What is it like to live in a region largely at peace but without government? We’ve heard many stories about war torn regions where there is little to no government control, but what about those places that actually don’t have a government at all?
Western Sahara has existed in this state since the 1960s when it was released from Spanish colonization. “Release” is the best word I can come up with, as control of the territory has been disputed since that time. The United Nations has listed it as a Non-Self-Governing Territory since that time. With little pressure to resolve the dispute from the outside world, the two opposing governments of Western Sahara (Morocco and the Sahrawi Arab Democratic Republic – SADR) vie for recognition from other countries.
So what are Sahrawi bloggers saying?
New Sahrawi Satellite TV Station
I started over at Global Voices, and discovered they just began coverage of Western Sahara on July 5th. Their first highlight notes a brand-new TV station run by the SADR or SADR-sympathizers (I’m not entirely clear which). This seems to be the first one, so it’s interesting to see how the blogosphere reacts to this. This post, which pulls from (an translates) the Arabic Western Sahara blog, now has 29 comments – most of which are positive about the new station.
I found one of the comments (actually #29) particularly interesting:
Mohamed, mohamed and Agaila, you and your supporters were alone on the Internet since more than a decade to support separatism in Western Sahara. Now, that the Moroccans especially the sahraouis are aware of the impact of such a media, your sole aim is to discredit the arguments of unionist sahraouis on Internet by qualifying them as members of DST…
What I find so interesting is that this person is suggesting that one side in the sovereignty dispute dominated the online space for several years.
Natural Resources & Human Rights
Onward through the blogosphere, my Technorati search on Western Sahara brings me 612 posts. The relevant ones in English (that aren’t spam/advertising blogs) focus on resource disputes and human rights violations. There was an interesting post on politics and one of the plans put forth to resolve the dispute by Nick Brooks, a climate scientist who studies the Sahara desert. In fact his posts categorized under Western Sahara are all quite interesting and provide his personal experience grappling with the dispute. Most of these posts are written by people outside of Western Sahara, so with the exception of the last one, they don’t quite provide the internal perspective I was looking for.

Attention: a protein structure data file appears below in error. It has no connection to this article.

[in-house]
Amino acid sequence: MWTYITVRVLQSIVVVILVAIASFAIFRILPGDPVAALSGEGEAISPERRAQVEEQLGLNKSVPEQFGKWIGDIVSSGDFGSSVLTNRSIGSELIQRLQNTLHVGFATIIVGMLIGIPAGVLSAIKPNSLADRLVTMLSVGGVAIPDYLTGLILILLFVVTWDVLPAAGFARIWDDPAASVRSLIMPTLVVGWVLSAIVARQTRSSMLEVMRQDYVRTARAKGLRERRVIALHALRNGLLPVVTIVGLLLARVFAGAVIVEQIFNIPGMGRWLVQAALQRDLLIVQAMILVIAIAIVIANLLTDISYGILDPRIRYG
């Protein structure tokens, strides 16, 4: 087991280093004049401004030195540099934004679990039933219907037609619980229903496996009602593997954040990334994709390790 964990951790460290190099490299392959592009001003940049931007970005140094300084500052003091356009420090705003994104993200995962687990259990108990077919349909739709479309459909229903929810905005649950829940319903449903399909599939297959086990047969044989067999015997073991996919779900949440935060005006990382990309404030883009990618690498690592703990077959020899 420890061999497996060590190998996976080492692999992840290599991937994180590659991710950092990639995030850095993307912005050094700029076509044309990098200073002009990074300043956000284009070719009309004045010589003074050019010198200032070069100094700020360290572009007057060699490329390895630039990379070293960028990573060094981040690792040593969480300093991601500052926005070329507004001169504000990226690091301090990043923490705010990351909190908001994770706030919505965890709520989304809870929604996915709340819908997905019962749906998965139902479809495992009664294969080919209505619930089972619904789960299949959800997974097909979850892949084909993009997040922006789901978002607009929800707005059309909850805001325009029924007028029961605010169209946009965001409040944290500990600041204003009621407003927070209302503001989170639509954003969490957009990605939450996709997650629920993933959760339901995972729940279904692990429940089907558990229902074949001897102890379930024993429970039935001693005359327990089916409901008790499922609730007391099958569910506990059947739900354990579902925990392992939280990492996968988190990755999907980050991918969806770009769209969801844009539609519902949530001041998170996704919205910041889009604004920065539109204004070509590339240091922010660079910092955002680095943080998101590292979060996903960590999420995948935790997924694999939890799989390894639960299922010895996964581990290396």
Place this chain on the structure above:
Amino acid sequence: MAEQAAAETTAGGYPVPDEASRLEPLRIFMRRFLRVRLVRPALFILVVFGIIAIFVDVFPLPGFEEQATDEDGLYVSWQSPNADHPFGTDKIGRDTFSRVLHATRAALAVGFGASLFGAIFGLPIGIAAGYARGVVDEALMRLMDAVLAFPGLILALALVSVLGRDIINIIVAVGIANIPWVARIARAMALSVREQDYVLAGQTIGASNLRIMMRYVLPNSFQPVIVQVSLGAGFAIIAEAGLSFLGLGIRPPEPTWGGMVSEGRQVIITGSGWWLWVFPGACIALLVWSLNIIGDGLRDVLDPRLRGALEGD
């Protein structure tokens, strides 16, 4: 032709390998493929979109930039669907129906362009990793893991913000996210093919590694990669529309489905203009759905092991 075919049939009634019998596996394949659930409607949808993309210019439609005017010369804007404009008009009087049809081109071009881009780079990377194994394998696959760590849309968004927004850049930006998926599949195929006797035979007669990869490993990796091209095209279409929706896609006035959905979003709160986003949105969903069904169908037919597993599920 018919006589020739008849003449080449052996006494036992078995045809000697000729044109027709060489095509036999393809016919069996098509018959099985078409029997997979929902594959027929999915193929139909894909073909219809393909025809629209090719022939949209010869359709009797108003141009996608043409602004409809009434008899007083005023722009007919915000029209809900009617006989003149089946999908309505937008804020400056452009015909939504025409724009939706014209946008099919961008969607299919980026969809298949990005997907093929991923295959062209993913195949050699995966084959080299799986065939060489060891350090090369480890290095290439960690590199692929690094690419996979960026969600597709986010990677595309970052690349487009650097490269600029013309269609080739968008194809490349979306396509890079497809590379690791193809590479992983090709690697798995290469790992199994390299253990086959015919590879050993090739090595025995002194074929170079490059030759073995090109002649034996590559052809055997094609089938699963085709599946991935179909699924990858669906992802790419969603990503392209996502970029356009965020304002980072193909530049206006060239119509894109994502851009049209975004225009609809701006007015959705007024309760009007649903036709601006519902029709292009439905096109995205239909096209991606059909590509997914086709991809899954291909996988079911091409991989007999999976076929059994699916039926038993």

The View from Western Sahara
Luckily, many of the comments on GV posted linked to their favorite Western Sahara blogs. Here’s what is out there:
- Unfortunately, I don’t speak Spanish, but Saha blogs aggregates over 20 Spanish-language blogs on Western Sahara. From what I can understand (thanks to French and Latin), there is a range of topics – from human rights to a poetry festival to something about the prime minister of Spain.
- Another Spanish-language blog by Aziza Brahim, a Sahrawi singer, shows some of the culture of the territory. Again, I can’t understand much, but I believe she just performed in Madrid.
- One Hump or Two? is a fantastic name and a blog about the Western Sahara by a fellow Washingtonian. Will Sommer comments on the latest news affecting Western Sahara, including a recent attack on a Sahwari human rights activist. Sommer has gotten a many comments from Sahrawis praising him for his coverage and providing additional details about some of his postings. Sommer’s perspective is that Morocco oppresses the territory through its occupation.
- Le Sahara Occidental Occupe also reports on “occupied” Western Sahara. The perspective is definitely Algerian (which is pro-SADR), thus the French coverage. There is strong reporting on political developments, and particularly disturbing images of torture.
- Sahara Occidental – Western Sahara aggregates news and provides links in English, Spanish, and French. It includes links to news reports from Morocco, but takes the SADC side.
- Free Western Sahara is written by an ex-patriot who has never seen her homeland. It’s an aggregation of video and images of Western Sahara, and conveys a strong sense of nostalgia. Posts are in both English and Spanish.
Many of these blogs are from the SADR perspective. That certainly backs up the comment from GV. But I wonder whether this is an artifact of searching for “Western Sahara.” Are there pro-Moroccan blogs that would turn up under different search terms?